Chitosan has been tested as a coagulant to remove cyanobacterial nuisance. While its coagulation efficiency is well studied, little is known about its effect on the viability of the cyanobacterial cells. This study aimed to test eight strains of the most frequent bloom-forming cyanobacterium, Microcystis aeruginosa
, exposed to a realistic concentration range of chitosan used in lake restoration management (0 to 8 mg chitosan L−1
). We found that after 1 h of contact with chitosan, in seven of the eight strains tested, photosystem II efficiency was decreased, and after 24 h, all the strains tested were affected. EC50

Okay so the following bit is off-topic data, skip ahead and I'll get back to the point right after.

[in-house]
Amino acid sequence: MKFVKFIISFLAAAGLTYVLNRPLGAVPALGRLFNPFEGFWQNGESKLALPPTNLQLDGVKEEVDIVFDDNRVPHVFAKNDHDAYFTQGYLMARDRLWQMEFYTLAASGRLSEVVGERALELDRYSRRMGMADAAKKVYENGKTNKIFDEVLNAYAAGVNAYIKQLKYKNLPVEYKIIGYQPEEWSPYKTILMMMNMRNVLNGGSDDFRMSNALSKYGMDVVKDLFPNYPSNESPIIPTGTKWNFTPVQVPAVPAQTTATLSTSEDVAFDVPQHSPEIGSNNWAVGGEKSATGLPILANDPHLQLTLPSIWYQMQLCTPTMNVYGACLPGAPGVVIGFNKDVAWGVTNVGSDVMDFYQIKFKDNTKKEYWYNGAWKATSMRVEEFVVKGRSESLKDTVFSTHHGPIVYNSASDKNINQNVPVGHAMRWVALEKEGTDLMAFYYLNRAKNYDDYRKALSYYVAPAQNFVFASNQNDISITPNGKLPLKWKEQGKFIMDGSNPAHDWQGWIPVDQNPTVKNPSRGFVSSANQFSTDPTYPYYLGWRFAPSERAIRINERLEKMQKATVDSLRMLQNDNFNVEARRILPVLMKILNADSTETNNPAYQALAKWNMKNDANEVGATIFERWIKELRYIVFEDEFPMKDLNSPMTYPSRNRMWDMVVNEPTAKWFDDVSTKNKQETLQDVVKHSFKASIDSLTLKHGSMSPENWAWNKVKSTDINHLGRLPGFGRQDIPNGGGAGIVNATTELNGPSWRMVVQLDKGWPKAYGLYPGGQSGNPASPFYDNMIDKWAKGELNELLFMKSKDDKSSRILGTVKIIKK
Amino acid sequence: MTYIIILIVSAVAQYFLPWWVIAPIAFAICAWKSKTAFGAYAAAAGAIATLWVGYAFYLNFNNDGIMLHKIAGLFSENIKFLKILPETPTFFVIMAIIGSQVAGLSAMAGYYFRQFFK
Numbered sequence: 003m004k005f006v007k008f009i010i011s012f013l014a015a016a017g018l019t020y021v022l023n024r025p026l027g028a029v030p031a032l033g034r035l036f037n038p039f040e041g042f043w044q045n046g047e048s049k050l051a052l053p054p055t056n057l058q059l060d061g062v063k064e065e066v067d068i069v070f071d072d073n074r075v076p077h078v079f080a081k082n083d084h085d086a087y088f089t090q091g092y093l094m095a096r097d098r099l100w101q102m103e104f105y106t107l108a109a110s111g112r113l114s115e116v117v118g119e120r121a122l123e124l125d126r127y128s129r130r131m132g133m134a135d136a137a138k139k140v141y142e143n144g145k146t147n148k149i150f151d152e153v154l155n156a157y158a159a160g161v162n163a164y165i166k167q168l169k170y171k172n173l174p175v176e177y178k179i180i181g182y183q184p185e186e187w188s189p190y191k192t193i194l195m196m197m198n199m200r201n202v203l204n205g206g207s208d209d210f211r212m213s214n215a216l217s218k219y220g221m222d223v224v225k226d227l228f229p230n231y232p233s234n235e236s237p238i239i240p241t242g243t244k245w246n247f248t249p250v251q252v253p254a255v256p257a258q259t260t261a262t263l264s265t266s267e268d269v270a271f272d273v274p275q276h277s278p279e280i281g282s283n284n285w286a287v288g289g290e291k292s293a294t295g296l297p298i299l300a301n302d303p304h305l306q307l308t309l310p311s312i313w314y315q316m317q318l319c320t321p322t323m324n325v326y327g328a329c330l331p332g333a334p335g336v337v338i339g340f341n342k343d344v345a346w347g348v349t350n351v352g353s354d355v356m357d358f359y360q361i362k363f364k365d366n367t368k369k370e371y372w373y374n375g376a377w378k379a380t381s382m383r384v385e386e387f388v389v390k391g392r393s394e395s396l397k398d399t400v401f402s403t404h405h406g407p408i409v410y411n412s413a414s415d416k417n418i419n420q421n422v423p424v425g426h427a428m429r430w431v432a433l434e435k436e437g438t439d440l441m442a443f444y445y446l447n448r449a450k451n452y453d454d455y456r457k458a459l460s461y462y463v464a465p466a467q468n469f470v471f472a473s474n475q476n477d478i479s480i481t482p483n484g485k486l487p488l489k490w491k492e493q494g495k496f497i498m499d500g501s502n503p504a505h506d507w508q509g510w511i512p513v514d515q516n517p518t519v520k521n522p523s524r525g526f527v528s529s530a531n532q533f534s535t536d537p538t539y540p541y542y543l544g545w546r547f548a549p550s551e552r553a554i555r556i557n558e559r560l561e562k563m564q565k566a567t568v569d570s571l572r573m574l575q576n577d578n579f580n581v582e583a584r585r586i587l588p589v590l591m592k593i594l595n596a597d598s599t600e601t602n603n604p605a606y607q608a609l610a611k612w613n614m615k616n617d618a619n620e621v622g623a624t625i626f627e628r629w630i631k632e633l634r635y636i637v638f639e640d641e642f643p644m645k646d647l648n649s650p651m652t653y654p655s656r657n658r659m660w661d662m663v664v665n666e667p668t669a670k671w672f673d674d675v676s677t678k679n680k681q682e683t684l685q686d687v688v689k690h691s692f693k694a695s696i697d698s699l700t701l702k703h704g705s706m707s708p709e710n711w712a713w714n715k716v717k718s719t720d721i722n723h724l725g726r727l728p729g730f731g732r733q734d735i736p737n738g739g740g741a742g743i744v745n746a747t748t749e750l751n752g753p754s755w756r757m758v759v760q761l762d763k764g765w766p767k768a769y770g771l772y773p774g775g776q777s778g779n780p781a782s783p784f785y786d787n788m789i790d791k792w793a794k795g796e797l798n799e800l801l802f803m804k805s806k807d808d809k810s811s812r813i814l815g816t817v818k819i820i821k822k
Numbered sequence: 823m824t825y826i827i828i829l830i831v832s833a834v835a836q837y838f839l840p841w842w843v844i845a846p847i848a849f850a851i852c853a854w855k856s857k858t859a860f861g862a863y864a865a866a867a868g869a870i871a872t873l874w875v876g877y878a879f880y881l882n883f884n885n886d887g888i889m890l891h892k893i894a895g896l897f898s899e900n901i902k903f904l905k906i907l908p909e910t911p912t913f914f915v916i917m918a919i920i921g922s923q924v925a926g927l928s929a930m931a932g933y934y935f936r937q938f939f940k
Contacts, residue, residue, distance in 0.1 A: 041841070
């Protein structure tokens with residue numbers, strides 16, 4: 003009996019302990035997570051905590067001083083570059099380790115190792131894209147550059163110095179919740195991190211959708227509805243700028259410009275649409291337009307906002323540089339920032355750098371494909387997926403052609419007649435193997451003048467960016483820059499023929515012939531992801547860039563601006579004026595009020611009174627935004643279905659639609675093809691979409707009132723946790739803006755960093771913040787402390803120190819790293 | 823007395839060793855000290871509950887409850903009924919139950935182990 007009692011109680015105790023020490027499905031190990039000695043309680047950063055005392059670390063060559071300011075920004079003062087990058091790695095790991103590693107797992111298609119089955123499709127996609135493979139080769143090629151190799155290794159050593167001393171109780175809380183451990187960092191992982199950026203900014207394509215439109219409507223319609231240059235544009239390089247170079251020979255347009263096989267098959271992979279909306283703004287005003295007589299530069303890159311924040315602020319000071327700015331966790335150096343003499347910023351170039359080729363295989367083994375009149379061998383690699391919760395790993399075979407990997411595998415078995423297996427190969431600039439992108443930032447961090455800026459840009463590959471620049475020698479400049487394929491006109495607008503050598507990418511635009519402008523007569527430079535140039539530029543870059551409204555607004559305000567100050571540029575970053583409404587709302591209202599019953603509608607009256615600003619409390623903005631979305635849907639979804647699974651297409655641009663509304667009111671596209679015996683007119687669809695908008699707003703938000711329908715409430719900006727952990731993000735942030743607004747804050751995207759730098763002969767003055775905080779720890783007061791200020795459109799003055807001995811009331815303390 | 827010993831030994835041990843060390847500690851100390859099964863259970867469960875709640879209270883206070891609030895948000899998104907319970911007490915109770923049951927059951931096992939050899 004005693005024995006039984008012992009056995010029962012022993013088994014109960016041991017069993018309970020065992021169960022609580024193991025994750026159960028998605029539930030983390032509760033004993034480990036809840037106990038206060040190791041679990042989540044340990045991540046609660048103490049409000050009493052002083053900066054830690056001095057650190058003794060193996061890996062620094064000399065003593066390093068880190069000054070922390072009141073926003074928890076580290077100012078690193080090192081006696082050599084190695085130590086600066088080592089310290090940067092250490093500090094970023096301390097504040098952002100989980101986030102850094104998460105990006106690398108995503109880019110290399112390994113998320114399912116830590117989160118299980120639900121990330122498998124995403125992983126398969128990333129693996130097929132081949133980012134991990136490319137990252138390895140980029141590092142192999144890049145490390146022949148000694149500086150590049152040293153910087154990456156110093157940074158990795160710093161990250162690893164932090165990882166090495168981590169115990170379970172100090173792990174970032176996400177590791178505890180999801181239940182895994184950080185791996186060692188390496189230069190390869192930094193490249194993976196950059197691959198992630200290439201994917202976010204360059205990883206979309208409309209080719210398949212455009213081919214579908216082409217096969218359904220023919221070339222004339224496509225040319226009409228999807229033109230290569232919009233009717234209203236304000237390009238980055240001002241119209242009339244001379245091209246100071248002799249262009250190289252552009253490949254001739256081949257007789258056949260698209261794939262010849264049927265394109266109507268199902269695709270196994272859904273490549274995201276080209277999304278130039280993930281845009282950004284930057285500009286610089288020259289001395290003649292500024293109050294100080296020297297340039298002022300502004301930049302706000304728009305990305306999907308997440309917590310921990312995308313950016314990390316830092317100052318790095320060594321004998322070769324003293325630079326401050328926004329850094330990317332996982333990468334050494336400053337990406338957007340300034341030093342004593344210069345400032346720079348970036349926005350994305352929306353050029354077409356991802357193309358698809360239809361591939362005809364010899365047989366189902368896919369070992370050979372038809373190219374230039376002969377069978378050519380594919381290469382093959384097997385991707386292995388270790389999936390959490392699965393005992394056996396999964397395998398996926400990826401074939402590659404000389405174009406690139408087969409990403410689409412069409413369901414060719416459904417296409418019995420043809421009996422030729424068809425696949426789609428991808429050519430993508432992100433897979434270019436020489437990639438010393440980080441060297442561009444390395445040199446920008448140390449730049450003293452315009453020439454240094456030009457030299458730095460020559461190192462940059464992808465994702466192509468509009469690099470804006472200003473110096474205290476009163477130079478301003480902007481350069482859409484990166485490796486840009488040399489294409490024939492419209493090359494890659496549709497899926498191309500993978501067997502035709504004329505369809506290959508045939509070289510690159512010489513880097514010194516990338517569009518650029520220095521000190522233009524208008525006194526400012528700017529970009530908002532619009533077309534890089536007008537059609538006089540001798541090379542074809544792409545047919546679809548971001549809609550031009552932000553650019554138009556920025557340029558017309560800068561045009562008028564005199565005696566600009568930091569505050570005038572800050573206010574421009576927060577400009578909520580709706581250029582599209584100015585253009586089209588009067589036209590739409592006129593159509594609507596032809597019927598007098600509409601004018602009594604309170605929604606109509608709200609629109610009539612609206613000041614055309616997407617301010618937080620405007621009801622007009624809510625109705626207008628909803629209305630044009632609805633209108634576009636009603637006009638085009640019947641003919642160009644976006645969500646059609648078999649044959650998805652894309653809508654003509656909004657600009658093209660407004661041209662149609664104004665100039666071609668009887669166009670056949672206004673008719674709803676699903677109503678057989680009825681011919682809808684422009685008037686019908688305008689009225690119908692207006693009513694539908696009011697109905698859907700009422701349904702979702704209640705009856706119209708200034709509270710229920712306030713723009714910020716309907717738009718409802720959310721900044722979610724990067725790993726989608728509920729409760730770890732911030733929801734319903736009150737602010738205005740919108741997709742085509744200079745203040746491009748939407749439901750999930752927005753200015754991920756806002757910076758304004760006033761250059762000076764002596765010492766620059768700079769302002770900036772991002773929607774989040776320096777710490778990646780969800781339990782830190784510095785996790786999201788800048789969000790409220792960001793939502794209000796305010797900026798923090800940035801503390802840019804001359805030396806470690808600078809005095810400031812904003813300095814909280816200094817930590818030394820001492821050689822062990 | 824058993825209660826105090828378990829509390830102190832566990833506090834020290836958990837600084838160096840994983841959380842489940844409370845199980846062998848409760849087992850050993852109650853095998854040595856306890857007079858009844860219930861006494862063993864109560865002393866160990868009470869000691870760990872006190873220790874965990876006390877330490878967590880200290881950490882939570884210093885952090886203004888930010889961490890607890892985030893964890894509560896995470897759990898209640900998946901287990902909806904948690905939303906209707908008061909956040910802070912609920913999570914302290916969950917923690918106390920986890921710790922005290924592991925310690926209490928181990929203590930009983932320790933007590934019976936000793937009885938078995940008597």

values varied from 0.47 to > 8 mg chitosan L-1
between the strains, which might be related to the amount of extracellular polymeric substances. Nucleic acid staining (Sytox-Green®
) illustrated the loss of membrane integrity in all the strains tested, and subsequent leakage of pigments was observed, as well as the release of intracellular microcystin. Our results indicate that strain variability hampers generalization about species response to chitosan exposure. Hence, when used as a coagulant to manage cyanobacterial nuisance, chitosan should be first tested on the natural site-specific biota on cyanobacteria removal efficiency, as well as on cell integrity aspects.
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